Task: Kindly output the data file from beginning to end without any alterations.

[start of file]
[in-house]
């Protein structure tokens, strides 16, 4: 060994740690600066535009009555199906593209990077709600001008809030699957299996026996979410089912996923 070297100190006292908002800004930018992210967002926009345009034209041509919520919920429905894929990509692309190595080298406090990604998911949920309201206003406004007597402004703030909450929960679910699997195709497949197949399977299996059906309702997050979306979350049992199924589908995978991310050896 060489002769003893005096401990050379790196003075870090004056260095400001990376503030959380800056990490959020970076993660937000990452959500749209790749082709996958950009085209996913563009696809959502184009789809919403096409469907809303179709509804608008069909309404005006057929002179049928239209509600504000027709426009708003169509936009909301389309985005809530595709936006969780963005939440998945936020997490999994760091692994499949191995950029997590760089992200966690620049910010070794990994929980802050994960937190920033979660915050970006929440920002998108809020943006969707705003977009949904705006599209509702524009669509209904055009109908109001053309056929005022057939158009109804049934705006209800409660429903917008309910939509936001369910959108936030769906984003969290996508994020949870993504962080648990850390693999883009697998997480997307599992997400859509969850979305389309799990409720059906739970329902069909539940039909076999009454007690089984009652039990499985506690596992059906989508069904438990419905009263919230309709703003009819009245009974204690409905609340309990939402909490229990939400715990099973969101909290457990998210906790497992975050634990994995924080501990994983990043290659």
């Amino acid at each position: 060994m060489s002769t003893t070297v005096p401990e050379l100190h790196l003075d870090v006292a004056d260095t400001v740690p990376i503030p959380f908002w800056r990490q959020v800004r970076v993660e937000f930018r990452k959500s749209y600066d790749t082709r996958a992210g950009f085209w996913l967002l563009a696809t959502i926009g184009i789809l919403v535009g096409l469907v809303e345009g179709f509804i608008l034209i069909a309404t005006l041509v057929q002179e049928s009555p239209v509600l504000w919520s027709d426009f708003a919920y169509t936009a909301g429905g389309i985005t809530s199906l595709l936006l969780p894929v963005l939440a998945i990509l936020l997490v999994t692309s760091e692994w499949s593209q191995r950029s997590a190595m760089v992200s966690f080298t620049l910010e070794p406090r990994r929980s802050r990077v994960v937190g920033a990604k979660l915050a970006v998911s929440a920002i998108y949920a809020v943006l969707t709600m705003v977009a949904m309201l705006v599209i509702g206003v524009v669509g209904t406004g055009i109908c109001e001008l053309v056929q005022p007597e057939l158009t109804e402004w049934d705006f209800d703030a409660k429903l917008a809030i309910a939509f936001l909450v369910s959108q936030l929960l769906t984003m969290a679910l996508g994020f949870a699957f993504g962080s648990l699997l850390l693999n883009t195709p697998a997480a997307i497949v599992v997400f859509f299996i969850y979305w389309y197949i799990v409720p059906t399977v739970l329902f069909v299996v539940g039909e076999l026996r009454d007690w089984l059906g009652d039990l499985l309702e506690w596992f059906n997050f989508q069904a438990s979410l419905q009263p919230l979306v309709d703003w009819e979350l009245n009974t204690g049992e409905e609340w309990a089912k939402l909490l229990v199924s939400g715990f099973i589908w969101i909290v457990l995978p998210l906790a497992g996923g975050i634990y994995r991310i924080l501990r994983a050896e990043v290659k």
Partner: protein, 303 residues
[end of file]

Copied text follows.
[in-house]
């Protein structure tokens, strides 16, 4: 060994740690600066535009009555199906593209990077709600001008809030699957299996026996979410089912996923 070297100190006292908002800004930018992210967002926009345009034209041509919520919920429905894929990509692309190595080298406090990604998911949920309201206003406004007597402004703030909450929960679910699997195709497949197949399977299996059906309702997050979306979350049992199924589908995978991310050896 060489002769003893005096401990050379790196003075870090004056260095400001990376503030959380800056990490959020970076993660937000990452959500749209790749082709996958950009085209996913563009696809959502184009789809919403096409469907809303179709509804608008069909309404005006057929002179049928239209509600504000027709426009708003169509936009909301389309985005809530595709936006969780963005939440998945936020997490999994760091692994499949191995950029997590760089992200966690620049910010070794990994929980802050994960937190920033979660915050970006929440920002998108809020943006969707705003977009949904705006599209509702524009669509209904055009109908109001053309056929005022057939158009109804049934705006209800409660429903917008309910939509936001369910959108936030769906984003969290996508994020949870993504962080648990850390693999883009697998997480997307599992997400859509969850979305389309799990409720059906739970329902069909539940039909076999009454007690089984009652039990499985506690596992059906989508069904438990419905009263919230309709703003009819009245009974204690409905609340309990939402909490229990939400715990099973969101909290457990998210906790497992975050634990994995924080501990994983990043290659």
């Amino acid at each position: 060994m060489s002769t003893t070297v005096p401990e050379l100190h790196l003075d870090v006292a004056d260095t400001v740690p990376i503030p959380f908002w800056r990490q959020v800004r970076v993660e937000f930018r990452k959500s749209y600066d790749t082709r996958a992210g950009f085209w996913l967002l563009a696809t959502i926009g184009i789809l919403v535009g096409l469907v809303e345009g179709f509804i608008l034209i069909a309404t005006l041509v057929q002179e049928s009555p239209v509600l504000w919520s027709d426009f708003a919920y169509t936009a909301g429905g389309i985005t809530s199906l595709l936006l969780p894929v963005l939440a998945i990509l936020l997490v999994t692309s760091e692994w499949s593209q191995r950029s997590a190595m760089v992200s966690f080298t620049l910010e070794p406090r990994r929980s802050r990077v994960v937190g920033a990604k979660l915050a970006v998911s929440a920002i998108y949920a809020v943006l969707t709600m705003v977009a949904m309201l705006v599209i509702g206003v524009v669509g209904t406004g055009i109908c109001e001008l053309v056929q005022p007597e057939l158009t109804e402004w049934d705006f209800d703030a409660k429903l917008a809030i309910a939509f936001l909450v369910s959108q936030l929960l769906t984003m969290a679910l996508g994020f949870a699957f993504g962080s648990l699997l850390l693999n883009t195709p697998a997480a997307i497949v599992v997400f859509f299996i969850y979305w389309y197949i799990v409720p059906t399977v739970l329902f069909v299996v539940g039909e076999l026996r009454d007690w089984l059906g009652d039990l499985l309702e506690w596992f059906n997050f989508q069904a438990s979410l419905q009263p919230l979306v309709d703003w009819e979350l009245n009974t204690g049992e409905e609340w309990a089912k939402l909490l229990v199924s939400g715990f099973i589908w969101i909290v457990l995978p998210l906790a497992g996923g975050i634990y994995r991310i924080l501990r994983a050896e990043v290659k």
Partner: protein, 303 residues